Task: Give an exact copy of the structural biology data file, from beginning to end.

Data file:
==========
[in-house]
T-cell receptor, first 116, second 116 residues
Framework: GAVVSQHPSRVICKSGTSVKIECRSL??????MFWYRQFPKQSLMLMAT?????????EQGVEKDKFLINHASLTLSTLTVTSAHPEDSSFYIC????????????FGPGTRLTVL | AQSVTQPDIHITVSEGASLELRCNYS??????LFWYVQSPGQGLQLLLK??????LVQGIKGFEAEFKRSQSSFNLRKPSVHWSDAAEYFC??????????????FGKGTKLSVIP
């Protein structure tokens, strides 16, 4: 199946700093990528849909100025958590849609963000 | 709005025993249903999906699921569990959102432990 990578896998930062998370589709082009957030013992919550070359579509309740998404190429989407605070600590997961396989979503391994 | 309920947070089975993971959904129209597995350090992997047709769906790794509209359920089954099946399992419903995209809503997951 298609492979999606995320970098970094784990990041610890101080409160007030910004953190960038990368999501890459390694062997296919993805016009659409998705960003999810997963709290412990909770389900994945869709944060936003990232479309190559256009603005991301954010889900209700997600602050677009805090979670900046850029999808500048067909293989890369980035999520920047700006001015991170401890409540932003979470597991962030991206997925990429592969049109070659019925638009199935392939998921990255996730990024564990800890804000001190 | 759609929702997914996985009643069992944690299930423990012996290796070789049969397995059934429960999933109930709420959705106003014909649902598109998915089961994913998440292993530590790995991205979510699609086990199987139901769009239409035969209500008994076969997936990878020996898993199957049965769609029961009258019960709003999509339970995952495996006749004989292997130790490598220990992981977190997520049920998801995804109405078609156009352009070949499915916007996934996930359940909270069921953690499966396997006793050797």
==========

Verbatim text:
[in-house]
T-cell receptor, first 116, second 116 residues
Framework: GAVVSQHPSRVICKSGTSVKIECRSL??????MFWYRQFPKQSLMLMAT?????????EQGVEKDKFLINHASLTLSTLTVTSAHPEDSSFYIC????????????FGPGTRLTVL | AQSVTQPDIHITVSEGASLELRCNYS??????LFWYVQSPGQGLQLLLK??????LVQGIKGFEAEFKRSQSSFNLRKPSVHWSDAAEYFC??????????????FGKGTKLSVIP
């Protein structure tokens, strides 16, 4: 199946700093990528849909100025958590849609963000 | 709005025993249903999906699921569990959102432990 990578896998930062998370589709082009957030013992919550070359579509309740998404190429989407605070600590997961396989979503391994 | 309920947070089975993971959904129209597995350090992997047709769906790794509209359920089954099946399992419903995209809503997951 298609492979999606995320970098970094784990990041610890101080409160007030910004953190960038990368999501890459390694062997296919993805016009659409998705960003999810997963709290412990909770389900994945869709944060936003990232479309190559256009603005991301954010889900209700997600602050677009805090979670900046850029999808500048067909293989890369980035999520920047700006001015991170401890409540932003979470597991962030991206997925990429592969049109070659019925638009199935392939998921990255996730990024564990800890804000001190 | 759609929702997914996985009643069992944690299930423990012996290796070789049969397995059934429960999933109930709420959705106003014909649902598109998915089961994913998440292993530590790995991205979510699609086990199987139901769009239409035969209500008994076969997936990878020996898993199957049965769609029961009258019960709003999509339970995952495996006749004989292997130790490598220990992981977190997520049920998801995804109405078609156009352009070949499915916007996934996930359940909270069921953690499966396997006793050797």